images-2But job skills that used to assure a good life increasingly don’t cut it in today’s world. The real inequality problem is not the 1% versus the 99%, it’s the well educated versus the less educated. I know, people have been yakking about education forever, and there’s no magic bullet. But a quarter of Americans dropping out of high school cannot be tolerated. A great expansion of school choice would inject a much needed competitive ethos. And we need a rethink on college costs, because subsidizing tuition only enables colleges to raise it.

On all these issues, I will work with both parties, seeking compromise and consensus. We must end the culture of partisan demonizing, and recognize that Americans of all political stripes all sincerely want what’s best for everyone, disagreeing only on how to achieve it. Nobody’s evil (or very few).

Unknown-3Foreign Affairs: no more “leading from behind.” That doesn’t mean rushing into wars. But President Obama got the balance wrong between caution and assertiveness, shredding American credibility and making a world much more disorderly and dangerous. America must take the lead and act resolutely to nip conflicts in the bud. There must be no reprise of Ukraine. And if we decide ISIS must indeed be fought, then Heaven help ISIS.

The UN, as a vehicle for international order, has long been broken, due to bad guy vetoes. I will push to create a new “League of Democratic Societies,” with strict membership criteria (like the EU’s), to assume the role the UN cannot.

One last thing.

On May 14, 1938, my mother stood on the deck of a ship as it passed the Statue of Liberty. She was a refugee from a murderous tyranny. America has always been the go-to place for people seeking better lives; and that’s been one of the key things that has made America great. images-3Because such people, willing to give up everything comfortable and familiar, with the ambition to start life anew, even risking their lives to get here – those are the best people. We need more of them.

Elect me and we’ll keep America great.

Michael Gerson on Obama’s Syria Disgrace

September 7, 2015

I don’t normally “re-blog,” preferring my own words. But Michael Gerson’s latest column about Syria says it better than I could (click here).

Unknown-1That photo of the dead child grabbed our hearts. As if we never knew of the tens of thousands of other child Syrian victims — some literally tortured to death by Assad’s regime.

Gerson’s eloquent indictment of American passivity is not mere hindsight. At every stage, the poor decisions seemed clear to many observers (me included, as my blog readers may remember). And this isn’t just about fuzzy humanitarianism (not to disparage that); less pusillanimous policies would have better served our hard-nosed geopolitical interests.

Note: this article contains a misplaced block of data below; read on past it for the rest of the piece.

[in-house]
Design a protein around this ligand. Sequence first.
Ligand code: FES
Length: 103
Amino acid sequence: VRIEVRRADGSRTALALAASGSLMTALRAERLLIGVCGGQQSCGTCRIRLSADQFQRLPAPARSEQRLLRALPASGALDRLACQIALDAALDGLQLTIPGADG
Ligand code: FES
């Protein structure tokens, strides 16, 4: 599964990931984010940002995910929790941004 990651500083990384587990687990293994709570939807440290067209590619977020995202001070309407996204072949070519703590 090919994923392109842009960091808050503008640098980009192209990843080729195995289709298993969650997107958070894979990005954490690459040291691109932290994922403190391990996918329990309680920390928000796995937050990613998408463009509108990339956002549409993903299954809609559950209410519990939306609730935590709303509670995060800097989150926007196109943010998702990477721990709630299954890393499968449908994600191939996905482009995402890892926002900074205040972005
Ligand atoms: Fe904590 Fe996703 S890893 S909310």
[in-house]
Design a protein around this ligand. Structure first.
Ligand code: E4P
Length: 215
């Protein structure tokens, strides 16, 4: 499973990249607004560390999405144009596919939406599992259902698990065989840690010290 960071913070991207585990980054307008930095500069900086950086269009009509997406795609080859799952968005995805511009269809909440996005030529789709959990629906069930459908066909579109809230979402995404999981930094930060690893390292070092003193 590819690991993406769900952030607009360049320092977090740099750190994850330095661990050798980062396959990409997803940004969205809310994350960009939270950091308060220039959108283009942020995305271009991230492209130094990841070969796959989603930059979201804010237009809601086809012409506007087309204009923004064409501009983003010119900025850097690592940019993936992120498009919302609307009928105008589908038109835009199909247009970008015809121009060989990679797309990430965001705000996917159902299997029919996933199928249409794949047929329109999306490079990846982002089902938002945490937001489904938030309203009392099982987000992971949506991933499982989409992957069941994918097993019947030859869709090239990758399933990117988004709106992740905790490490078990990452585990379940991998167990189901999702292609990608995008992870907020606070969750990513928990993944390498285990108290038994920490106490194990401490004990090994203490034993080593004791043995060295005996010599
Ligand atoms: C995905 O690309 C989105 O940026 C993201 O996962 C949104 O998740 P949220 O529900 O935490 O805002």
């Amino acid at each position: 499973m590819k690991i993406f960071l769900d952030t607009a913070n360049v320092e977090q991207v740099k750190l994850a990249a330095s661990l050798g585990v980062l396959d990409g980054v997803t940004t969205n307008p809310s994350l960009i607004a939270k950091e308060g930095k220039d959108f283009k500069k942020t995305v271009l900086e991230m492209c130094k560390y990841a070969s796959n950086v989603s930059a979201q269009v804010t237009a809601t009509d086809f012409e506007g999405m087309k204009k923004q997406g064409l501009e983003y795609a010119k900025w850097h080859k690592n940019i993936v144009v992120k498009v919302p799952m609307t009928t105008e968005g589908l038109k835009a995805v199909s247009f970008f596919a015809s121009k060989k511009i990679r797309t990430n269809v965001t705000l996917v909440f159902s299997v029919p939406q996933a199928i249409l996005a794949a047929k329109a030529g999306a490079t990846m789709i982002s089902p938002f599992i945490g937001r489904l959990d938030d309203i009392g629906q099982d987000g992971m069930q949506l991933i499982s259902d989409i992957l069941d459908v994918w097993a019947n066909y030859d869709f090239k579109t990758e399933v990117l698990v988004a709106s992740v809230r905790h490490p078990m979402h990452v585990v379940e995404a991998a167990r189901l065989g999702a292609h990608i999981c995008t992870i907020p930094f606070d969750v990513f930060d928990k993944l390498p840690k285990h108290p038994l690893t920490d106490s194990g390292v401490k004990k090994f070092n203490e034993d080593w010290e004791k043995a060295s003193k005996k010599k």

Unknown-2On top of it all, as Gerson notes, Germany has thrown open its doors to all Syrian refugees, taking in hundreds of thousands, while America has taken very few. Shame on us.

POSTSCRIPT: When I mentioned this to my daughter — working in Jordan for an NGO helping Syrian refugees — she replied, “The United States takes in more refugees than any other country.”

Iran: The Deal

July 19, 2015

20150718_FBP005_0Better had we never negotiated. This deal makes Iran a more empowered adversary than a nuclear-armed Iran would have been. How nukes could have actually strengthened Iran is far from clear, since using them would be suicidal. So Iran traded something it doesn’t need for something it does: sanctions relief and unfreezing $100+ billion of assets. That makes Iran a more dangerous enemy.

But, if we had to have a deal, this one isn’t too bad; not the cave-in that might have been expected from President Obama’s desperation to avoid the unpalatable no-deal scenario – definitive failure, and having his military bluff called. And bluff it always was: no president (least of all this one) would incur the immense costs (not just in money) and risks of an attack likely to prove futile.

The Iranians knew this, yet we did have them by the balls on sanctions; and the five other negotiating powers were not constrained by Obama’s above-described calculus. So Iran, finally, did what it must to end sanctions, and the deal will pretty much, probably, put a 10-15 year hold on nuclear weapons development.

Unknown-1I will not use the cliché “the devil’s in the details.” My instinct is to call the deal’s inspection regime bullshit due to a cumbersome process before inspectors can go in; and likewise for the supposed “snap-back” of sanctions in case of a violation, which would seem problematical in an always messy world. However, the committee deciding these things will have a Western majority; and while snap-back would ultimately be a UN Security Council matter, Russia cannot veto it; instead, America could veto stopping the snap-back.

(The Economist has supplied a fairly lucid explication of the deal: click here.)

Unknown-3Again, I think we’d have been better off never negotiating. But that’s not the world that exists; and in the world that now does, Obama is right that we have little choice but to accept the deal. Opponents really offer no alternative; certainly not military (get real). Having gone through what we went through to get where we are, we can’t just blow it all up now by scuppering the deal. That’s not how grown-up nations behave.